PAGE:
http://wolfstreet.com/2016/05/23/hedge-funds-bet-meltdown-australian-ban...

Another reinforces yours.

In other words, a number of buyers are now faced with a sudden increase in interest rates from 4% to between 8% to 12% – regardless of the administered interest rate of the RBA. It is of course possible that the effect will once again stay local (i.e., confined to Melbourne and condominiums), similar to what happened when commodity prices collapsed.

The downturn in commodities led to sharp declines in property prices in regions and towns close to mining activities. However, house prices in the big cities continued to soar – not least because the RBA cut rates in order to offset the impact of the commodities bust. Read more

[ Silly personal abuse, deleted. Stick to the issues. Ed ]

12
up

IMF came out last week with latest global housing numbers. Of course anyone can argue with their methodology. However , New Zealand sits at number 2 in real house price increases over past year, real credit growth in top 4, house price to income at number 1 (at least we get one gold), and house price to rent at number 5.Overall New Zealand was number 1. Of course by giving the national figures , the true concern( Aucklands debt and house prices) is simply numbed down .Looking at RBNZ figures last week, credit growth has most definitely slowed on all stated measures., Without ever increasing credit , then Auckland house prices have topped. There will be a realisation over the coming months that there will be no soft landing, that the housing shortage never was. The reality is the RBNZ , could address interest only loans ,or cap mortgage to income tomorrow ,but it knows it would be game over sooner. Yet it was the same RBNZ that allowed cash back mortgages, IPADs and indeed grocery vouchers to be dished out over the past five years to enrich our Australian banks , as Aucklanders in particular went on a credit binge.The RBNZ may cut by 0.5 basis points, it will have nothing to do with the CPI, but all about maintaining the housing market. The next problem will be the currency .New Zealand has simply deluded itself for the past 15 years , at some point , we hit the windscreen.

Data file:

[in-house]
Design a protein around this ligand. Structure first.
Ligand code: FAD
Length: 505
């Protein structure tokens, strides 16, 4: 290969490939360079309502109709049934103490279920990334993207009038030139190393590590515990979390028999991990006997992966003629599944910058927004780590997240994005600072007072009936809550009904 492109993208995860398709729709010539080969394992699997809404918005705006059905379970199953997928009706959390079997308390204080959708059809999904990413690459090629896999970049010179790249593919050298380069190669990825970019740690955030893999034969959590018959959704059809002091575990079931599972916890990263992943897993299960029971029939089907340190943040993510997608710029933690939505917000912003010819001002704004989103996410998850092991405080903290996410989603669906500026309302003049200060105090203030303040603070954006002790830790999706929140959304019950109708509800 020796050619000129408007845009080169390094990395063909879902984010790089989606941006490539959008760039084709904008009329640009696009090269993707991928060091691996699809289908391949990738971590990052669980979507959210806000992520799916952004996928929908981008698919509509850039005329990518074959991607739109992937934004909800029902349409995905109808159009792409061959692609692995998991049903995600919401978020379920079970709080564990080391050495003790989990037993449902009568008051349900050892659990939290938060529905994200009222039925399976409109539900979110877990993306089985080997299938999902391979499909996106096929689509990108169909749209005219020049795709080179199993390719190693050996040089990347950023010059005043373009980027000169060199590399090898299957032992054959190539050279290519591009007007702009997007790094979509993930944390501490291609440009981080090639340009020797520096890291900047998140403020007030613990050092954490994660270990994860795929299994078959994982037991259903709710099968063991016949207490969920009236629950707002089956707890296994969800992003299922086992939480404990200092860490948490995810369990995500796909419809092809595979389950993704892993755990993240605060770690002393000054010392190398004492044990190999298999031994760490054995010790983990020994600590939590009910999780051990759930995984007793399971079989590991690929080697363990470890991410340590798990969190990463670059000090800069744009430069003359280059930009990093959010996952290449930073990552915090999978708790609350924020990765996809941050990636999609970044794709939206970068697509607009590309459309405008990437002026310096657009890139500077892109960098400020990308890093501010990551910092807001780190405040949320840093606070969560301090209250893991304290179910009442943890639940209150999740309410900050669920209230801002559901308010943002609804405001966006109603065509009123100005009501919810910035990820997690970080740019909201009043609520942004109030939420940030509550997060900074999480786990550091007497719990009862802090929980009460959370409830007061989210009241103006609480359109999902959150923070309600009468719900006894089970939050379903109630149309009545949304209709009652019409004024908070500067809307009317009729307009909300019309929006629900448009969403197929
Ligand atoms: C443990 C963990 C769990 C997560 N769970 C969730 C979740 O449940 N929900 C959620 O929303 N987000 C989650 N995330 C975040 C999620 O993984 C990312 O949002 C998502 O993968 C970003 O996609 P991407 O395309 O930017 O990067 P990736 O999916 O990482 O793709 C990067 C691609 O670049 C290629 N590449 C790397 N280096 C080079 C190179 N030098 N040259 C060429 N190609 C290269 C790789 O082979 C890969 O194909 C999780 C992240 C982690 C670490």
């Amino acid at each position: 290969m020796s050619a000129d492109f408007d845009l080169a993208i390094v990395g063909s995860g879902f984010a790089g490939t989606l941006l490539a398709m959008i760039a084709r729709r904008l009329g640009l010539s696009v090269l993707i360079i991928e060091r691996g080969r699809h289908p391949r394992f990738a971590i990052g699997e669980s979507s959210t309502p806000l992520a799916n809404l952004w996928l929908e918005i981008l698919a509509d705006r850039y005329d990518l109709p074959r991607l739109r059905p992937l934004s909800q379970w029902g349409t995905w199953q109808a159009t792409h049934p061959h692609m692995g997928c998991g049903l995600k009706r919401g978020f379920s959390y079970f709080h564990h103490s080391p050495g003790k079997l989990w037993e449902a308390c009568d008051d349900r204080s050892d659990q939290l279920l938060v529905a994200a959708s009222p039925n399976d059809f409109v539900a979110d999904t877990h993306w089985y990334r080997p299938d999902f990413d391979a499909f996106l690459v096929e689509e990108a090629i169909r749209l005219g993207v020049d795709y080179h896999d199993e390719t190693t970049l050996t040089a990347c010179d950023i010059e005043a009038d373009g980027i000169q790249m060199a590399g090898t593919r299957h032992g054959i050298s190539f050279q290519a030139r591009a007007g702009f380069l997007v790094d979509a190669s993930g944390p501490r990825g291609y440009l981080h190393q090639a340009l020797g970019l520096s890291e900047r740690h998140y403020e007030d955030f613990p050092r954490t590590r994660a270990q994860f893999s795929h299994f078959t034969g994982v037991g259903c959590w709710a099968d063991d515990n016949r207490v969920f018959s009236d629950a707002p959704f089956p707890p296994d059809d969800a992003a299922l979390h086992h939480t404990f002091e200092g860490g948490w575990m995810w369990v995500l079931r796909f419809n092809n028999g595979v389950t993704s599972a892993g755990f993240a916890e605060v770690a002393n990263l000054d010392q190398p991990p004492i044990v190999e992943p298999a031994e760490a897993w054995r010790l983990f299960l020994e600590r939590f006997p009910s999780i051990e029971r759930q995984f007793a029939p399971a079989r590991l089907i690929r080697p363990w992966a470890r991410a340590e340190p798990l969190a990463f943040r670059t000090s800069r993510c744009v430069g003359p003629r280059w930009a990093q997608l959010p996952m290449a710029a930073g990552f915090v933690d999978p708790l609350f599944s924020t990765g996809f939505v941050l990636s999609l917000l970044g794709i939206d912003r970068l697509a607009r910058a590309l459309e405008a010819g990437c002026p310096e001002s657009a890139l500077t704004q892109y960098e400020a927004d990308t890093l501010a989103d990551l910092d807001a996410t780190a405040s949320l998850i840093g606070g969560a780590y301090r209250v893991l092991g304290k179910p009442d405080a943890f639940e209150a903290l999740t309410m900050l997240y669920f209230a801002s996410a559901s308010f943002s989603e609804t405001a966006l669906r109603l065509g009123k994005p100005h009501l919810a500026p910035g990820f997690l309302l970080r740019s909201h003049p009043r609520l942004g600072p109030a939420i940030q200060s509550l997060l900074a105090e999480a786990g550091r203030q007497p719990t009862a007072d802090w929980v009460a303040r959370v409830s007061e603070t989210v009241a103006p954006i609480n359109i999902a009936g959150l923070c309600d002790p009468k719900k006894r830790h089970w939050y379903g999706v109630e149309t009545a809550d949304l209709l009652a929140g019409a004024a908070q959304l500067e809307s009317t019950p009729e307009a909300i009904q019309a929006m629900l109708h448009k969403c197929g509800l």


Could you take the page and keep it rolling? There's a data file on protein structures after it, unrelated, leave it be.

So Bernard. Are you asking for interest rates to remain high for borrowers in a deflationary environment? That seems cruel wouldn't you agree? Are you a neo-liberal now? Et tu, Bernard?

Bernards heart is the right place, he just hasnt thought it through.
The banks are already OVERSEAS OWNED BANKS! That is where the money ultimately comes from and where the all profits are ultimately going to. Bleeding the average NZ mortgage borrower of even more floating margin is not at all clever for NZ. It just fills the pockets of the banks.

"the money ultimately comes from and where the all profits are ultimately going to" - yes all profits (and increasingly retained earnings) go to the overseas banks, but NZ depositors are the ones ultimately funding the banks and taking all the risk via the RBNZ OBR scheme. There will be no money coming from the overseas banks. And the covered bonds sold overseas will take many of the performing NZ mortgages prior to NZ depositors funds being protected.

So depositors to put their cash into kiwibank or other NZ owned lenders?

The Reserve Bank could and should ensure this outcome by lowering the OCR and concurrently require the banks to increase their capital reserves to match. As you say this capital may be called on to protect the banks and depositors in the events of farm and property price crashes. Both are a real possibility. If they do not anchor this money into the capital reserves the risk is that it will go back to Australia and lost through dividends or be used to prop up the Australian branches in the event of a crash.

ANZ's economists also banged the drum this week about the potential for banks not to pass much of it on, either to term depositors or savers.

They pointed out that mortgage lending was now growing significantly faster than term deposits for the first time since the Global Financial Crisis. That means that banks are having to go overseas to borrow to fund the extra mortgages, which our credit rating agencies and the Reserve Bank itself are not keen on.

BIS claims: Deposits are not endowments that precede loan formation; it is loans that create deposits. Borio Page 17 of 38

Hence every new loan creates a deposit for an agent selling an asset to a debt financed buyer, possibly just not a term bank liability, since the selling agent may credit a business financing account. Farmers selling holiday homes would fall into this category.

Collective bank liabilities always match their assets, but the breakdown of each participating borrower /lender cohort does not necessarily have to match.